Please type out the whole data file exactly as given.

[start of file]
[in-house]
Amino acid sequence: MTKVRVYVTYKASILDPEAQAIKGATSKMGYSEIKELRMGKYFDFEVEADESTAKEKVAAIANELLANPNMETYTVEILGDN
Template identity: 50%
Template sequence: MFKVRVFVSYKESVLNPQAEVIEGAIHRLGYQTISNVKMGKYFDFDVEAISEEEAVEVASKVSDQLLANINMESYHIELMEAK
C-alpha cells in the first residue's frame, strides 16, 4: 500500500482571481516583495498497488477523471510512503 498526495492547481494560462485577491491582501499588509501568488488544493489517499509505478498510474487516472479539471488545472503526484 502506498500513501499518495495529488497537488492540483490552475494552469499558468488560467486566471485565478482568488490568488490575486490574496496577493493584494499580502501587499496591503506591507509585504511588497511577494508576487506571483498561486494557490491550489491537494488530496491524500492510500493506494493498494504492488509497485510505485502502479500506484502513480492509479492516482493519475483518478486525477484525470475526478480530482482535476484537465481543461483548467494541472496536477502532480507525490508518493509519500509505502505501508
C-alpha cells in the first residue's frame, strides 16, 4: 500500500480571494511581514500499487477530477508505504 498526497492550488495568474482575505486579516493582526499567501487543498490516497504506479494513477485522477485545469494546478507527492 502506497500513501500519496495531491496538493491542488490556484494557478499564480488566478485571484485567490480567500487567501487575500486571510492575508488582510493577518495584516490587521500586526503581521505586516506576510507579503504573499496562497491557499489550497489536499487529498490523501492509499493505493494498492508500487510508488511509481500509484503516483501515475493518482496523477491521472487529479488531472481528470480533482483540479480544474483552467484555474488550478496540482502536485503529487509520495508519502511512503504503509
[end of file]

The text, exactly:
[in-house]
Amino acid sequence: MTKVRVYVTYKASILDPEAQAIKGATSKMGYSEIKELRMGKYFDFEVEADESTAKEKVAAIANELLANPNMETYTVEILGDN
Template identity: 50%
Template sequence: MFKVRVFVSYKESVLNPQAEVIEGAIHRLGYQTISNVKMGKYFDFDVEAISEEEAVEVASKVSDQLLANINMESYHIELMEAK
C-alpha cells in the first residue's frame, strides 16, 4: 500500500482571481516583495498497488477523471510512503 498526495492547481494560462485577491491582501499588509501568488488544493489517499509505478498510474487516472479539471488545472503526484 502506498500513501499518495495529488497537488492540483490552475494552469499558468488560467486566471485565478482568488490568488490575486490574496496577493493584494499580502501587499496591503506591507509585504511588497511577494508576487506571483498561486494557490491550489491537494488530496491524500492510500493506494493498494504492488509497485510505485502502479500506484502513480492509479492516482493519475483518478486525477484525470475526478480530482482535476484537465481543461483548467494541472496536477502532480507525490508518493509519500509505502505501508
C-alpha cells in the first residue's frame, strides 16, 4: 500500500480571494511581514500499487477530477508505504 498526497492550488495568474482575505486579516493582526499567501487543498490516497504506479494513477485522477485545469494546478507527492 502506497500513501500519496495531491496538493491542488490556484494557478499564480488566478485571484485567490480567500487567501487575500486571510492575508488582510493577518495584516490587521500586526503581521505586516506576510507579503504573499496562497491557499489550497489536499487529498490523501492509499493505493494498492508500487510508488511509481500509484503516483501515475493518482496523477491521472487529479488531472481528470480533482483540479480544474483552467484555474488550478496540482502536485503529487509520495508519502511512503504503509